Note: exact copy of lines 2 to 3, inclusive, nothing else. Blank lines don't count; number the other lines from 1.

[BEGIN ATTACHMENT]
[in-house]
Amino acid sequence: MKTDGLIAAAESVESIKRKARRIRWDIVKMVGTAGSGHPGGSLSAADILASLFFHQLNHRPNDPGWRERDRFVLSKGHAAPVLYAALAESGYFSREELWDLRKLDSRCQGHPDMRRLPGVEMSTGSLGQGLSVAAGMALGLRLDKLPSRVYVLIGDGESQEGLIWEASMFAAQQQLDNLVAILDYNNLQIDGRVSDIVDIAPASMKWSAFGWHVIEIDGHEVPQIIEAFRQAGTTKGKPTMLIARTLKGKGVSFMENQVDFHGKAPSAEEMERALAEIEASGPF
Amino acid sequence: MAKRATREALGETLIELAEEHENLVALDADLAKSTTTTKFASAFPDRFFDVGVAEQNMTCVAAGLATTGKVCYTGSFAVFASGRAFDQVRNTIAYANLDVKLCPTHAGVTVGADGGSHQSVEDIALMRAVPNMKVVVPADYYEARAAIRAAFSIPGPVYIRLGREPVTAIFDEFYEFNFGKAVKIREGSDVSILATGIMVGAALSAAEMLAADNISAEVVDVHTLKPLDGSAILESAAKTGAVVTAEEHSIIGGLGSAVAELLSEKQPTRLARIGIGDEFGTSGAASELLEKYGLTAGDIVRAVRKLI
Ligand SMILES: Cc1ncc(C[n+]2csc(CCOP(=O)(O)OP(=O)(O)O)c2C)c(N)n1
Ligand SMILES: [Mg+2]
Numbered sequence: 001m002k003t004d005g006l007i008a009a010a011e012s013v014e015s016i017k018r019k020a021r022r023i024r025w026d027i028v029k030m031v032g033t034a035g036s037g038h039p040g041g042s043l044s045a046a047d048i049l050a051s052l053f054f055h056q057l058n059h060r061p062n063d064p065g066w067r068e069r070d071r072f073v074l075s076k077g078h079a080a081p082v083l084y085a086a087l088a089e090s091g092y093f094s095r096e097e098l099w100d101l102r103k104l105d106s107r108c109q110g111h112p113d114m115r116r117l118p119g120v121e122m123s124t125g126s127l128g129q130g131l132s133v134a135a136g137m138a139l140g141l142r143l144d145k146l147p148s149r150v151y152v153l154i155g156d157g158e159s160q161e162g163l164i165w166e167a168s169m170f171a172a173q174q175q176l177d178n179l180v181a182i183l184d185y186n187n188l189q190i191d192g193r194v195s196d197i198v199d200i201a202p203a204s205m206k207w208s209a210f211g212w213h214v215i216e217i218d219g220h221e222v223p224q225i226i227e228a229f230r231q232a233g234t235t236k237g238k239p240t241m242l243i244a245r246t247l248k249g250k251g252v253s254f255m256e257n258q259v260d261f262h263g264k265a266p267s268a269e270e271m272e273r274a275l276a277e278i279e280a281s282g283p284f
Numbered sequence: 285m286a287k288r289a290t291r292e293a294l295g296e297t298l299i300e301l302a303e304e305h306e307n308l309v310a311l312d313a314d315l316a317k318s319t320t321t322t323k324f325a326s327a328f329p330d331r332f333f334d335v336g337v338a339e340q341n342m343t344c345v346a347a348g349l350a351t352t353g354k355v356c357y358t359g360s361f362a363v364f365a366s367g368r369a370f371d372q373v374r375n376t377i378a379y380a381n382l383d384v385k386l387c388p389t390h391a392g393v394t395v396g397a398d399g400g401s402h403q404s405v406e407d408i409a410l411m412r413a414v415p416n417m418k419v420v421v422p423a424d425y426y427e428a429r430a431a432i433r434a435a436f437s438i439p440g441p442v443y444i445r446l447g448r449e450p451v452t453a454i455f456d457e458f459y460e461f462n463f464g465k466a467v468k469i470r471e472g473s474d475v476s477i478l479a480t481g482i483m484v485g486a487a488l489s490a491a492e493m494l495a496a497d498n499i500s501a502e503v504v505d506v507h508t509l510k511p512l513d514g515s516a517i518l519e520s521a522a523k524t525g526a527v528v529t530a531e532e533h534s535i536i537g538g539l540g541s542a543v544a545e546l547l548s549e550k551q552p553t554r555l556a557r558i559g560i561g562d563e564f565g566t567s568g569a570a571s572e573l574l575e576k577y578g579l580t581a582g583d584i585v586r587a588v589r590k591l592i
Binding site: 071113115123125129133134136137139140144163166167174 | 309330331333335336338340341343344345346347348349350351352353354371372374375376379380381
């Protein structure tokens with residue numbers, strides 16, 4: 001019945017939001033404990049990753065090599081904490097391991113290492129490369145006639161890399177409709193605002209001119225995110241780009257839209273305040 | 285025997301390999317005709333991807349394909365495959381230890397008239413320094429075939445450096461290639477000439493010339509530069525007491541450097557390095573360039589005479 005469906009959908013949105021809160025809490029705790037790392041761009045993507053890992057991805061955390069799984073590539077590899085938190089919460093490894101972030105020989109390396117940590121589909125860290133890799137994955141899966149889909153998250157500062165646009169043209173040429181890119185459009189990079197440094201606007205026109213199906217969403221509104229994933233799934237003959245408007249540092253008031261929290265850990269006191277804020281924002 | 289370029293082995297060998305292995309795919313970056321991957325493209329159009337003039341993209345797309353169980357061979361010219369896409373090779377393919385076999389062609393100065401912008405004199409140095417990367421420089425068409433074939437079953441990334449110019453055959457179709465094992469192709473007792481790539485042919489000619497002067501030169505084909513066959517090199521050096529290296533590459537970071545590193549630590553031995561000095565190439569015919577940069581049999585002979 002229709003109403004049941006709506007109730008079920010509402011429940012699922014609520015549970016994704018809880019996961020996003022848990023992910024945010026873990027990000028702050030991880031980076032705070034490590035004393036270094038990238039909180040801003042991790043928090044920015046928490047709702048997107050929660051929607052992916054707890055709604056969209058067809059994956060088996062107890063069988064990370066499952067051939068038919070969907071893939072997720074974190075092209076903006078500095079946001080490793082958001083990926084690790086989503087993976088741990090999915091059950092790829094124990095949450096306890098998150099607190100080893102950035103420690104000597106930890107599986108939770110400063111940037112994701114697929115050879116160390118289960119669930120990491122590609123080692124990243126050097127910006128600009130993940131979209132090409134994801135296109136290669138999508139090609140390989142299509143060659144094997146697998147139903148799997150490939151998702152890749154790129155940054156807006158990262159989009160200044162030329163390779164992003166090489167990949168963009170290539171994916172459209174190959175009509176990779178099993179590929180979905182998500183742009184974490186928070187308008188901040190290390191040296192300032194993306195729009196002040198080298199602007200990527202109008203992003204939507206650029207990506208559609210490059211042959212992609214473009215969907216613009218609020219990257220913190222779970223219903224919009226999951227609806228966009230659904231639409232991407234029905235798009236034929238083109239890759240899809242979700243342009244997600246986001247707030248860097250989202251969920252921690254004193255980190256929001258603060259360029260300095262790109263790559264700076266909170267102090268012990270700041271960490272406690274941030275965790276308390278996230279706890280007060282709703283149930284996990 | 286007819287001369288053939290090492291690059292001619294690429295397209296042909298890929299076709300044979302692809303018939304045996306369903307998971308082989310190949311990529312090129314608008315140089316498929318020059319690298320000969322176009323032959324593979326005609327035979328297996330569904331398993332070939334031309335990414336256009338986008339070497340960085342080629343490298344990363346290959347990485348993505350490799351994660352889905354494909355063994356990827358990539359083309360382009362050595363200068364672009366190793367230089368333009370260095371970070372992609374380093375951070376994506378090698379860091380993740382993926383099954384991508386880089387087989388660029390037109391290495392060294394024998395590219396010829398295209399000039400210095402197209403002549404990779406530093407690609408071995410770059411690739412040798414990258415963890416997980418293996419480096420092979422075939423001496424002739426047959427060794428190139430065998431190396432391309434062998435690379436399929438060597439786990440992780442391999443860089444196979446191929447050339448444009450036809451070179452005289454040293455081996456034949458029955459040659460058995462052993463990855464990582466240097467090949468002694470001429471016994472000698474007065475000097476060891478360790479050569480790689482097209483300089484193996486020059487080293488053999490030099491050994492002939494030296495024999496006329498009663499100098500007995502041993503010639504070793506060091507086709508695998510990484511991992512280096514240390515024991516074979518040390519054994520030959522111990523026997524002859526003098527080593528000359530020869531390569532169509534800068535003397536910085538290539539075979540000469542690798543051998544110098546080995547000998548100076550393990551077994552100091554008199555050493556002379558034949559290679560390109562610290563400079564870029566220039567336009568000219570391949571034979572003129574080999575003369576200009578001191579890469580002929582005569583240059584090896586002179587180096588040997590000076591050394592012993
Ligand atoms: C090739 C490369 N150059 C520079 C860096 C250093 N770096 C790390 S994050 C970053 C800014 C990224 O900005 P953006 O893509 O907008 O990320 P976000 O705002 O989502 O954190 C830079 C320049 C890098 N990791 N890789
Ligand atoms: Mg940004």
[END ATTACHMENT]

Amino acid sequence: MKTDGLIAAAESVESIKRKARRIRWDIVKMVGTAGSGHPGGSLSAADILASLFFHQLNHRPNDPGWRERDRFVLSKGHAAPVLYAALAESGYFSREELWDLRKLDSRCQGHPDMRRLPGVEMSTGSLGQGLSVAAGMALGLRLDKLPSRVYVLIGDGESQEGLIWEASMFAAQQQLDNLVAILDYNNLQIDGRVSDIVDIAPASMKWSAFGWHVIEIDGHEVPQIIEAFRQAGTTKGKPTMLIARTLKGKGVSFMENQVDFHGKAPSAEEMERALAEIEASGPF
Amino acid sequence: MAKRATREALGETLIELAEEHENLVALDADLAKSTTTTKFASAFPDRFFDVGVAEQNMTCVAAGLATTGKVCYTGSFAVFASGRAFDQVRNTIAYANLDVKLCPTHAGVTVGADGGSHQSVEDIALMRAVPNMKVVVPADYYEARAAIRAAFSIPGPVYIRLGREPVTAIFDEFYEFNFGKAVKIREGSDVSILATGIMVGAALSAAEMLAADNISAEVVDVHTLKPLDGSAILESAAKTGAVVTAEEHSIIGGLGSAVAELLSEKQPTRLARIGIGDEFGTSGAASELLEKYGLTAGDIVRAVRKLI